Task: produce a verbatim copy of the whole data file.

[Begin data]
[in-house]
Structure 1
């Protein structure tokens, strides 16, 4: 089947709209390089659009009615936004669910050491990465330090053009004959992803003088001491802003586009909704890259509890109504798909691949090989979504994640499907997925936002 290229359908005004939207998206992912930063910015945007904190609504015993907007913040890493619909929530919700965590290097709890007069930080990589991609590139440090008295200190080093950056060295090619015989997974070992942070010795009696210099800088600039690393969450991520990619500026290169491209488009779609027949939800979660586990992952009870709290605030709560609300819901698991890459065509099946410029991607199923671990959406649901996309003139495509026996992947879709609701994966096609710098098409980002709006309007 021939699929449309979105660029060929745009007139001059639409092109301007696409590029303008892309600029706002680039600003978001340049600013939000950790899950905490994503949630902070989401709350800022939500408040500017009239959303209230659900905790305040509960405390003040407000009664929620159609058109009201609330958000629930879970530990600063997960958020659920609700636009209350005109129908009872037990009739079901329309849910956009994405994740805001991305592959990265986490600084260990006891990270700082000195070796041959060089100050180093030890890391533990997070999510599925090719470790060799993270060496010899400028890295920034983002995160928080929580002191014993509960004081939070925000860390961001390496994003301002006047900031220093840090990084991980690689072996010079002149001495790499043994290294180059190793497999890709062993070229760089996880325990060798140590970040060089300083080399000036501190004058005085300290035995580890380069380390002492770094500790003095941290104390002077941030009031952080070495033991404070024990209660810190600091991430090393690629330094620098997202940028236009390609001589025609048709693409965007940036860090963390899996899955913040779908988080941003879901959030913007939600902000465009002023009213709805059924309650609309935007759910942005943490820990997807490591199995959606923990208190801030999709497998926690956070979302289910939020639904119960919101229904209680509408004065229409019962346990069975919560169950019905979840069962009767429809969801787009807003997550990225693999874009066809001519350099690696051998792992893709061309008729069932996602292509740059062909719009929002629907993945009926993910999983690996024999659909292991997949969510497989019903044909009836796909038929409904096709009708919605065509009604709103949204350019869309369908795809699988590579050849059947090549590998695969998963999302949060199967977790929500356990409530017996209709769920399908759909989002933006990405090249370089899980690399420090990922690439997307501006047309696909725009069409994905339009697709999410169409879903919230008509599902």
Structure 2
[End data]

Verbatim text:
[in-house]
Structure 1
């Protein structure tokens, strides 16, 4: 089947709209390089659009009615936004669910050491990465330090053009004959992803003088001491802003586009909704890259509890109504798909691949090989979504994640499907997925936002 290229359908005004939207998206992912930063910015945007904190609504015993907007913040890493619909929530919700965590290097709890007069930080990589991609590139440090008295200190080093950056060295090619015989997974070992942070010795009696210099800088600039690393969450991520990619500026290169491209488009779609027949939800979660586990992952009870709290605030709560609300819901698991890459065509099946410029991607199923671990959406649901996309003139495509026996992947879709609701994966096609710098098409980002709006309007 021939699929449309979105660029060929745009007139001059639409092109301007696409590029303008892309600029706002680039600003978001340049600013939000950790899950905490994503949630902070989401709350800022939500408040500017009239959303209230659900905790305040509960405390003040407000009664929620159609058109009201609330958000629930879970530990600063997960958020659920609700636009209350005109129908009872037990009739079901329309849910956009994405994740805001991305592959990265986490600084260990006891990270700082000195070796041959060089100050180093030890890391533990997070999510599925090719470790060799993270060496010899400028890295920034983002995160928080929580002191014993509960004081939070925000860390961001390496994003301002006047900031220093840090990084991980690689072996010079002149001495790499043994290294180059190793497999890709062993070229760089996880325990060798140590970040060089300083080399000036501190004058005085300290035995580890380069380390002492770094500790003095941290104390002077941030009031952080070495033991404070024990209660810190600091991430090393690629330094620098997202940028236009390609001589025609048709693409965007940036860090963390899996899955913040779908988080941003879901959030913007939600902000465009002023009213709805059924309650609309935007759910942005943490820990997807490591199995959606923990208190801030999709497998926690956070979302289910939020639904119960919101229904209680509408004065229409019962346990069975919560169950019905979840069962009767429809969801787009807003997550990225693999874009066809001519350099690696051998792992893709061309008729069932996602292509740059062909719009929002629907993945009926993910999983690996024999659909292991997949969510497989019903044909009836796909038929409904096709009708919605065509009604709103949204350019869309369908795809699988590579050849059947090549590998695969998963999302949060199967977790929500356990409530017996209709769920399908759909989002933006990405090249370089899980690399420090990922690439997307501006047309696909725009069409994905339009697709999410169409879903919230008509599902």
Structure 2